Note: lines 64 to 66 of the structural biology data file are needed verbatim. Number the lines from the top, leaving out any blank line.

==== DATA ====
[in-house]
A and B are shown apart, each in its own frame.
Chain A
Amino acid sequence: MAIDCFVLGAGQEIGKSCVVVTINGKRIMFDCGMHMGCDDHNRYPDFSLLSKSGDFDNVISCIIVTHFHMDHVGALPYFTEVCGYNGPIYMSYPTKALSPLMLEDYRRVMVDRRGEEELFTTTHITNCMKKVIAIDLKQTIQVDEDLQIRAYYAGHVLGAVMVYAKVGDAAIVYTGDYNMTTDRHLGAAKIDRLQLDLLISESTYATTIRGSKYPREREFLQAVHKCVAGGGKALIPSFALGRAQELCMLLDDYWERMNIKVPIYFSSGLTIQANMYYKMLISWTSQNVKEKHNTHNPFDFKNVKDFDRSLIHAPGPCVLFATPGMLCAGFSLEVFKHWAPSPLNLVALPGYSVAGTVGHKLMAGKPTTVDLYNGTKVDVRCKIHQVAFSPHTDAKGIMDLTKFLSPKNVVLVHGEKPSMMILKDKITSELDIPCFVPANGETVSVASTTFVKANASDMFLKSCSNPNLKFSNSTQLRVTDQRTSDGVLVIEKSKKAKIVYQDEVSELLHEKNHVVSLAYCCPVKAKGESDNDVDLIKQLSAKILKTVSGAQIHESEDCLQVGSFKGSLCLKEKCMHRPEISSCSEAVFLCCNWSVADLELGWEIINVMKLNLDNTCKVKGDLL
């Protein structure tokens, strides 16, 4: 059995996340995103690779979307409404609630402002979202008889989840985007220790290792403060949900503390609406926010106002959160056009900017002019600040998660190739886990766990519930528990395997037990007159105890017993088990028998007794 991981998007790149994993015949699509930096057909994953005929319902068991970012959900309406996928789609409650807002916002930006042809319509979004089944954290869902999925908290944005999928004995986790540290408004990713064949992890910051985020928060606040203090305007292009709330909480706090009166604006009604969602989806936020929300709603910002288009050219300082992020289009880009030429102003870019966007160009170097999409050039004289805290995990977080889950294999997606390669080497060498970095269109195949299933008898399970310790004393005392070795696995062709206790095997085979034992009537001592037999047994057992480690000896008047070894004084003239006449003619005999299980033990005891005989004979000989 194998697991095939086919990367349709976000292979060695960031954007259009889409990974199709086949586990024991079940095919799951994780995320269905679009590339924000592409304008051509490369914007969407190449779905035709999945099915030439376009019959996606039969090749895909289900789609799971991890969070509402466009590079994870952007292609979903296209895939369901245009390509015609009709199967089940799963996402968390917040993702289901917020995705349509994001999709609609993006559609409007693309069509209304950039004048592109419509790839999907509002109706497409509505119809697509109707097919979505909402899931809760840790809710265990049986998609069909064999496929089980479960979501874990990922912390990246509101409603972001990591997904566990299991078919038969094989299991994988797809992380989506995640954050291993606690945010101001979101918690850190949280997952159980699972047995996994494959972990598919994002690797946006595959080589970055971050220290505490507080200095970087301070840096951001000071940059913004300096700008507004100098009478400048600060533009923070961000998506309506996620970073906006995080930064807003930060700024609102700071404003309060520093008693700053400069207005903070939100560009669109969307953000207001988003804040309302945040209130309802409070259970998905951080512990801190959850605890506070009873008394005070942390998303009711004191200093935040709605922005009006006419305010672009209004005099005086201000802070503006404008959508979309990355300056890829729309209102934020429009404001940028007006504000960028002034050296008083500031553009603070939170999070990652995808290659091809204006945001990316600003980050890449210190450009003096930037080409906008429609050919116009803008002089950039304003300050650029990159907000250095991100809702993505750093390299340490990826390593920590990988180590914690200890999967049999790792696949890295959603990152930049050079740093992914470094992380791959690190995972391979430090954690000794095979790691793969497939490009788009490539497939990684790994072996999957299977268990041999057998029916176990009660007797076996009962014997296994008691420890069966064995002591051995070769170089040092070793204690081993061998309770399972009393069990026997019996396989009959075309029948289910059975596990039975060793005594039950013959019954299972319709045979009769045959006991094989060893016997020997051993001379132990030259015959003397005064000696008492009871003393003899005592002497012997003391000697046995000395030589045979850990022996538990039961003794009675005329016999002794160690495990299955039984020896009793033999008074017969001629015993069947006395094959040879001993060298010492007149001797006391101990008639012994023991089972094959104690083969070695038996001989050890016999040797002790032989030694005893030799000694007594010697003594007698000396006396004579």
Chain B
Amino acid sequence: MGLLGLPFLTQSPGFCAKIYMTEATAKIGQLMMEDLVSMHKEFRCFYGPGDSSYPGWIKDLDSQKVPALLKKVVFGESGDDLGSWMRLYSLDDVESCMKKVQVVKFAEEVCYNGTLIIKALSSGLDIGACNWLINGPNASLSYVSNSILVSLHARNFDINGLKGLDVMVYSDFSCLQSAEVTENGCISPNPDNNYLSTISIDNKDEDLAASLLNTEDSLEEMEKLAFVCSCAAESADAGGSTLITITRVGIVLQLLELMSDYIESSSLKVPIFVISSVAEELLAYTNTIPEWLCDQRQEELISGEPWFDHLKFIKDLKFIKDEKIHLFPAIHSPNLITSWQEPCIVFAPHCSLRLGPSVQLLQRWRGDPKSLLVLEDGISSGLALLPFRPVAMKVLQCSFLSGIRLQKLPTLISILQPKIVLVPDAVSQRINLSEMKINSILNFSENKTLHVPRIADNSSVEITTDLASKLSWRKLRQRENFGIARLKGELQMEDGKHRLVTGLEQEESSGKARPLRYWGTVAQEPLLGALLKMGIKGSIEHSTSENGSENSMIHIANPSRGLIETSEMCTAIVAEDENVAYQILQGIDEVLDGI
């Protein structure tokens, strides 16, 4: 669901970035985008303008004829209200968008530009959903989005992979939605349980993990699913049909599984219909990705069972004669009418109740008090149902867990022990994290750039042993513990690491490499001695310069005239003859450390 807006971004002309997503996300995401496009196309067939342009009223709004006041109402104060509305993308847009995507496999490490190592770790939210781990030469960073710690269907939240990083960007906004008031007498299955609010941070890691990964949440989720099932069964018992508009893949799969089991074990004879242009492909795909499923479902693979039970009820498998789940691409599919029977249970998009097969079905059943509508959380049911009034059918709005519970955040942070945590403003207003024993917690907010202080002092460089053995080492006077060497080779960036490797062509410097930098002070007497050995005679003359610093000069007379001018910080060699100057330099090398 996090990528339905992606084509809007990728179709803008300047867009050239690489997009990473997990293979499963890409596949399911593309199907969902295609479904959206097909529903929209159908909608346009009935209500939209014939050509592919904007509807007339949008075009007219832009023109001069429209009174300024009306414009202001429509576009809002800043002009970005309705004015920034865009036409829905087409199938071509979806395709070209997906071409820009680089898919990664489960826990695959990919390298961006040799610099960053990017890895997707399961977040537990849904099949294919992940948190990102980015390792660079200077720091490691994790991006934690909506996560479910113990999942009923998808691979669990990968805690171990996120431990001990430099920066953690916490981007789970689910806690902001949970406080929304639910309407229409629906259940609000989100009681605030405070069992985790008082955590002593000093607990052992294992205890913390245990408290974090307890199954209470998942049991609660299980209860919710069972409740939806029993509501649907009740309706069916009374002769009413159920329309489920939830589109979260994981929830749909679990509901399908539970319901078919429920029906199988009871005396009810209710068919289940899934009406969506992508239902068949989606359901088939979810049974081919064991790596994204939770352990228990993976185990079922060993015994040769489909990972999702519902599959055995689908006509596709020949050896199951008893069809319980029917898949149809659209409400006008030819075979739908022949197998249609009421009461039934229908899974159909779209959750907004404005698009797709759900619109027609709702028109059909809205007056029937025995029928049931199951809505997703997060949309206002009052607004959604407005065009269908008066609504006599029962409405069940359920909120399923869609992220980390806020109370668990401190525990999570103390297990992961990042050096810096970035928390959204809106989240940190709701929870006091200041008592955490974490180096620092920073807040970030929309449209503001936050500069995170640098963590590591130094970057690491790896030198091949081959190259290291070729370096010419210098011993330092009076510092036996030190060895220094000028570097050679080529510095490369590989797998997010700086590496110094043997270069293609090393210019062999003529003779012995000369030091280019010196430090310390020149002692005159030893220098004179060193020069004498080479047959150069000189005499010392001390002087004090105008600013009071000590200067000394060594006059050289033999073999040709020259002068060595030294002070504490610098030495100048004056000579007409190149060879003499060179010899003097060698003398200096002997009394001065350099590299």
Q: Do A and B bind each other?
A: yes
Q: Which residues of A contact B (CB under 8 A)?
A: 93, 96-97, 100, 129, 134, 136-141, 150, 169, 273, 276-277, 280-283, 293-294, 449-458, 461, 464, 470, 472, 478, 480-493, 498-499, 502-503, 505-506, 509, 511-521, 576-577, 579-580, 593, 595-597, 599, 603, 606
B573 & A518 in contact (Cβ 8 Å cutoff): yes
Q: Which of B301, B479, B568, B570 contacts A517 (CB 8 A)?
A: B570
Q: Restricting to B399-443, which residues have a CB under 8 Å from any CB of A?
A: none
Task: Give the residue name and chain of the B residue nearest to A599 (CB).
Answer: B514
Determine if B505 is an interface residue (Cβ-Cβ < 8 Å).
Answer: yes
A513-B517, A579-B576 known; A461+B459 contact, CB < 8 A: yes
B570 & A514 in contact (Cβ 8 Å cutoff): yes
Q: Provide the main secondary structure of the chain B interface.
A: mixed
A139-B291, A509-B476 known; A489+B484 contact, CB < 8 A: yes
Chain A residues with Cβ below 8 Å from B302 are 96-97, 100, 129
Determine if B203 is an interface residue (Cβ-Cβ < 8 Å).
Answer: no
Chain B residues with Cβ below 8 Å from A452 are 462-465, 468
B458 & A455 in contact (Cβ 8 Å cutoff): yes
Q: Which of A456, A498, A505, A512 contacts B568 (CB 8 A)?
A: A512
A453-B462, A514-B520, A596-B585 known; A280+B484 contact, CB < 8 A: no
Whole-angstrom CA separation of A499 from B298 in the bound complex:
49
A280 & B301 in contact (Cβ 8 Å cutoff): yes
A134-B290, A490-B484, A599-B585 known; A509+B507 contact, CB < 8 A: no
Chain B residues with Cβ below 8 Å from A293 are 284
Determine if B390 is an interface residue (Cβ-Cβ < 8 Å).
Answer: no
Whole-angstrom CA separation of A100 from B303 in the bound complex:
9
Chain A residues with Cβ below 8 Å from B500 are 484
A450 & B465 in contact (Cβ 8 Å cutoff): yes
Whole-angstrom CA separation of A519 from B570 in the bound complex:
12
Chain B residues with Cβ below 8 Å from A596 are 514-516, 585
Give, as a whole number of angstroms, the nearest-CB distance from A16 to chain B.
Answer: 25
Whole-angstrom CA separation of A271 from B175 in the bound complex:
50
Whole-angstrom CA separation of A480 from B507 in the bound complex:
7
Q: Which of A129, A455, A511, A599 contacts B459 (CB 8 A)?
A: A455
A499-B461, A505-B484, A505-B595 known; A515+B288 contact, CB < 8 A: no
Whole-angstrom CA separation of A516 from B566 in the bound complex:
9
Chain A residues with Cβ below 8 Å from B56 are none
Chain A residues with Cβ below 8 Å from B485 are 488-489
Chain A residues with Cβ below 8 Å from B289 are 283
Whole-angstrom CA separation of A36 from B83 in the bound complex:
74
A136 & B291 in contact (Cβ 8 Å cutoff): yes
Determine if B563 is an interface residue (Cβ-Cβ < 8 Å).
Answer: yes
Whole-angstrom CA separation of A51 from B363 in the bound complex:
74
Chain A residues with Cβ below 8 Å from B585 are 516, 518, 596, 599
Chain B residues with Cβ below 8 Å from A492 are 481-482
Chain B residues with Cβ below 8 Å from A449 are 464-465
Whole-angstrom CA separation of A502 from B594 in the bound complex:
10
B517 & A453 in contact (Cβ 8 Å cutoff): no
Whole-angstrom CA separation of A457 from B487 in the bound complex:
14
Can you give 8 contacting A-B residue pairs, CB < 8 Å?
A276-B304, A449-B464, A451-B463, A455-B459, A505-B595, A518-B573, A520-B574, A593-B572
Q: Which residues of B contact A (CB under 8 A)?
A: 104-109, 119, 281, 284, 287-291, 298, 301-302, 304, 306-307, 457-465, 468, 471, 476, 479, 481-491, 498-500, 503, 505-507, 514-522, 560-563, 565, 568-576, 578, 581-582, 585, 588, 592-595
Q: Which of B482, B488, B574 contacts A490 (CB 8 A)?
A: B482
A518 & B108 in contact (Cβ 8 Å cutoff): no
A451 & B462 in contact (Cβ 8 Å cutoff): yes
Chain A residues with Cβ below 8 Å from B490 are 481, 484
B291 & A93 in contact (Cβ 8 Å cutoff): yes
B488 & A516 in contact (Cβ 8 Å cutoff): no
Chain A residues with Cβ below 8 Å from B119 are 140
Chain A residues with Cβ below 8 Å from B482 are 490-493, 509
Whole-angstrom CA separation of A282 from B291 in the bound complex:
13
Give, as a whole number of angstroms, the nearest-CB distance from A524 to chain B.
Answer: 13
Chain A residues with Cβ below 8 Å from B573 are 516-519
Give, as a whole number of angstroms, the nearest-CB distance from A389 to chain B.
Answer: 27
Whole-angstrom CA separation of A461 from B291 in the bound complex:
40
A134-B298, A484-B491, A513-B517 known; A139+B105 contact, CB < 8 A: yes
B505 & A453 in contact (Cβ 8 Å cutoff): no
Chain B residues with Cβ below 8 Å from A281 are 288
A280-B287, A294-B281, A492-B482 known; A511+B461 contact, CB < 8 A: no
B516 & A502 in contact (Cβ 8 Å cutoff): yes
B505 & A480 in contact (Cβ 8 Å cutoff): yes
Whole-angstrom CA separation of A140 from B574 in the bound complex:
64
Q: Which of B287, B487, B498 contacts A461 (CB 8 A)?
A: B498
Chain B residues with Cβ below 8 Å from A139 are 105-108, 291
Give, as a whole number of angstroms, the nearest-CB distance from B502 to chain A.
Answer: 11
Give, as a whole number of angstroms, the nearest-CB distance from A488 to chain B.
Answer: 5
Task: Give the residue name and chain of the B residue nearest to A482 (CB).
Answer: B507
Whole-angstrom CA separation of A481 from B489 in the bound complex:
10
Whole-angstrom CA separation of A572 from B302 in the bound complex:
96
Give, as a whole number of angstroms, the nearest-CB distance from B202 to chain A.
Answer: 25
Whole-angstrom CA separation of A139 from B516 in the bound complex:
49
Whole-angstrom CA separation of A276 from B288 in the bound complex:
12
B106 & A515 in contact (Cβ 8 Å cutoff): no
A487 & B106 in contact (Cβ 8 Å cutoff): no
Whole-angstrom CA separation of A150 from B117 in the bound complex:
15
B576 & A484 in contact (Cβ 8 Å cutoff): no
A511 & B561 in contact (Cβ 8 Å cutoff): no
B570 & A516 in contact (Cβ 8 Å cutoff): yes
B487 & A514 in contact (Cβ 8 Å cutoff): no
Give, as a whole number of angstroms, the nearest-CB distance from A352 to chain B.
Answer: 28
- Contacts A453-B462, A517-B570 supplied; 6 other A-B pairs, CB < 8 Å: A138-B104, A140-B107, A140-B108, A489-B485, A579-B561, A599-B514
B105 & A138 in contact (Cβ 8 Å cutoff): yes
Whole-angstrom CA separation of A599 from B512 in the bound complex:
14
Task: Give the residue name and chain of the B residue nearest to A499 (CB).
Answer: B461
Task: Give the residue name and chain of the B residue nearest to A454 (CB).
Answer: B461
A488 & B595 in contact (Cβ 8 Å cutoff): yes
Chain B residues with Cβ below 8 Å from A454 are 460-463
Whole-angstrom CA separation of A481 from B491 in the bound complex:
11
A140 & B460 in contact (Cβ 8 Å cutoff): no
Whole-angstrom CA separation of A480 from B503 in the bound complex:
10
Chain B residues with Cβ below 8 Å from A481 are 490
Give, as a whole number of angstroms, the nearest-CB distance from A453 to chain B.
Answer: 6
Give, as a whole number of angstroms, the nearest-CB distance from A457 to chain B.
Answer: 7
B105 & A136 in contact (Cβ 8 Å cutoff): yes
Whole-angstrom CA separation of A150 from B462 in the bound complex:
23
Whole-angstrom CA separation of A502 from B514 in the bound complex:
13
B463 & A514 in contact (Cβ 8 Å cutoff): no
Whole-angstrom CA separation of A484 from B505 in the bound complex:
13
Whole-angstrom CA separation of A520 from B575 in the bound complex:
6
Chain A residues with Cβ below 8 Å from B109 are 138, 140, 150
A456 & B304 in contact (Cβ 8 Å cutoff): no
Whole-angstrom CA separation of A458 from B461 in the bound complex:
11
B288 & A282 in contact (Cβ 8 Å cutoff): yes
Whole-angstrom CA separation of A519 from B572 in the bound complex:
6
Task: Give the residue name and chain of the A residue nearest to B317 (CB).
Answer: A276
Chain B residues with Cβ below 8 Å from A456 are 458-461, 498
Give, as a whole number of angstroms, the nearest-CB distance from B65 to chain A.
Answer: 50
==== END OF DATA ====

74
A136 & B291 in contact (Cβ 8 Å cutoff): yes
Determine if B563 is an interface residue (Cβ-Cβ < 8 Å).